These packages, though substantial, were not enough to sustain the villagers forever. As the 1950s progressed, with no financial aid from the government or the military, many of the islanders were forced to support themselves in an increasingly desperate manner. Where once they harvested tobacco and sweet potatoes, now they scavenged the fringes of the bombing range for scraps of military metal. They collected chunks of shrapnel and bullet casings, and sold them to traders for a few yen a kilogram. From time to time, they’d come across a whole bomb that had failed to explode. The farmers would drag it away and defuse it themselves with a plumber’s wrench and a length of steel pipe. In this manner, they taught themselves to become bomb disposal technicians as expert as any found in modern armies. But for these men – like their professional counterparts – sometimes their luck ran out. Between 1956 and 1963, a dozen islanders were killed or wounded while collecting or dismantling American ordinance. Photos on the walls show farmers with their arms torn off and their faces sheered away – combat pictures from an island purportedly at peace.
“In the early 1960s,” says the assistant walking me down the room, “one of the farmers stumbled across a piece of scrap far too precious to sell.” She gestures towards a long white tube with four tell-tale fins. “He found it sticking out of his field one day. He hid it in his shed while the Americans searched high and low.”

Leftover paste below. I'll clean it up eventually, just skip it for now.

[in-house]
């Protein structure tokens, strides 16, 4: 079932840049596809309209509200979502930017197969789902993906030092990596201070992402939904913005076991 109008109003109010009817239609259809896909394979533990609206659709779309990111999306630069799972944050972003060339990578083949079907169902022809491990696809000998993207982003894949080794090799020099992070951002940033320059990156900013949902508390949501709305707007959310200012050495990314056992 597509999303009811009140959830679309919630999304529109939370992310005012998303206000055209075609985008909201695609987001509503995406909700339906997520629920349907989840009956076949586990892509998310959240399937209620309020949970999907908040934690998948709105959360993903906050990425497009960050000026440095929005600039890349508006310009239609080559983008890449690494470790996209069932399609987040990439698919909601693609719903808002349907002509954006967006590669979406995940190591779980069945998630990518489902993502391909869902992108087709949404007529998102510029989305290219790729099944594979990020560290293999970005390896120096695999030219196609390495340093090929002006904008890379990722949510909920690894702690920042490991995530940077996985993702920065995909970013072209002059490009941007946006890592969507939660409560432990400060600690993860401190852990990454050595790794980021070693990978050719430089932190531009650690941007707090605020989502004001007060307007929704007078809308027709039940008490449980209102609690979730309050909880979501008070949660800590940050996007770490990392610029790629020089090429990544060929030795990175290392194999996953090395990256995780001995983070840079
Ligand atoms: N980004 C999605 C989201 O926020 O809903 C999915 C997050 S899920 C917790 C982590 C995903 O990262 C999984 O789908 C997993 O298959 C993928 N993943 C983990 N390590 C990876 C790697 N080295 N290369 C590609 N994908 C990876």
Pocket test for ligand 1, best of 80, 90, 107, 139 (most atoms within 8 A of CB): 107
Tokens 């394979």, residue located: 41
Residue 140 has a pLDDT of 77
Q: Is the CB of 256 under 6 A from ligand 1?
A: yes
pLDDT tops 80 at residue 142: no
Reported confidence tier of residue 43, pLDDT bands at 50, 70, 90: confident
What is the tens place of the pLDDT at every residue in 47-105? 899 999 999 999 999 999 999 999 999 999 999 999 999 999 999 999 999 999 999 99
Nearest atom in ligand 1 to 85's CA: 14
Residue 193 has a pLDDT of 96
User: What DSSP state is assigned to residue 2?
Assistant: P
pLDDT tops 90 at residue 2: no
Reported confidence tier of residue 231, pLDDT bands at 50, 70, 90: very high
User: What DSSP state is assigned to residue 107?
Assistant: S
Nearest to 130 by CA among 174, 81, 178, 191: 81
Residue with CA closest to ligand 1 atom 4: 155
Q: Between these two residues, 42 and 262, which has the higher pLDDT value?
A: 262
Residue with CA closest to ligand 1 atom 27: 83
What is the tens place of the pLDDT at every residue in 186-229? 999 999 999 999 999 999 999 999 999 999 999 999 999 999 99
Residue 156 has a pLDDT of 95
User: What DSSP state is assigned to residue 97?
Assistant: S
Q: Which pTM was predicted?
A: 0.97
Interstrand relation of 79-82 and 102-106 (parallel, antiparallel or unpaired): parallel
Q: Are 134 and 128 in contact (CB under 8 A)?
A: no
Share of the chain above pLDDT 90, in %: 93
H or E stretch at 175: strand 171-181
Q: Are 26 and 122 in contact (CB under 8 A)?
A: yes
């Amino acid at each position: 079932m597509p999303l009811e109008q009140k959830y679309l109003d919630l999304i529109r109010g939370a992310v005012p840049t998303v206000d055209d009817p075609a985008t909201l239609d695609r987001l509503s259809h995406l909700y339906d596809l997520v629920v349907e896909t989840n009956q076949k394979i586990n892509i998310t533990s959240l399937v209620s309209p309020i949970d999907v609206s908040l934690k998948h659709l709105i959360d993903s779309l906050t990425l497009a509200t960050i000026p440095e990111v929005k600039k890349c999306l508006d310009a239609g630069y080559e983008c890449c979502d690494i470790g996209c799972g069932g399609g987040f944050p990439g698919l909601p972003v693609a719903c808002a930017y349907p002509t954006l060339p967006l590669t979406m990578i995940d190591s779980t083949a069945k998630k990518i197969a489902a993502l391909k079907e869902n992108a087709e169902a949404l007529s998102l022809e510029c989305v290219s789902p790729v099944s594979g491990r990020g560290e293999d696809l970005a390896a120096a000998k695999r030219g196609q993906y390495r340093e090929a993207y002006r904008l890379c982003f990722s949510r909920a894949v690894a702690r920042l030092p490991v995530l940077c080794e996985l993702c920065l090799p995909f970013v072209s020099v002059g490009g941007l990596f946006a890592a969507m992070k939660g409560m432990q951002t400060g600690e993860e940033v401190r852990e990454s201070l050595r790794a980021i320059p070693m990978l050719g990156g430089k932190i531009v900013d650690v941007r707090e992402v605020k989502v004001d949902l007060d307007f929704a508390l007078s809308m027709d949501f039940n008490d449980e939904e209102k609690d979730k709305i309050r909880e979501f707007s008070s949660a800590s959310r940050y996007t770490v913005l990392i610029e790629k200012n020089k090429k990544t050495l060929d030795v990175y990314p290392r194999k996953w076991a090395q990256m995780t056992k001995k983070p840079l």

I can well understand the military’s eagerness to retrieve this particular missile. I recognize it almost immediately from another story I’ve been covering about Okinawa. In December 1965, some hundred and fifty miles north of Iejima, the USS Ticonderoga ran into rough seas. A Sky Hawk jet that was on the ship’s deck slipped its cables and tumbled into the ocean. The accident would not have been particularly newsworthy if it hadn’t been for the payload it was carrying: a one megaton hydrogen bomb. The Japanese constitution prohibits nuclear weapons in its waters, and it was only when the device started to leak in 1989, that a nervous Pentagon confessed to Tokyo about the missing bomb.
The assistant must have noticed the panic on my face. “Don’t worry, it’s just a dummy one they used for practice runs.” It looks so real that this does little to allay my fears. Nearby a cicada ticks Geiger-like. “You can touch it if you want,” she offers. I take two steps back and she laughs.
Back in the reception, Jahana tells me of the successes achieved by Ahagon and the islanders. Thanks to their demonstrations throughout the 1960s and a concerted publicity campaign (including three books and a documentary), the bombings stopped and the range was closed down. Many of the farmers were able to recover the fields that were stolen in 1955.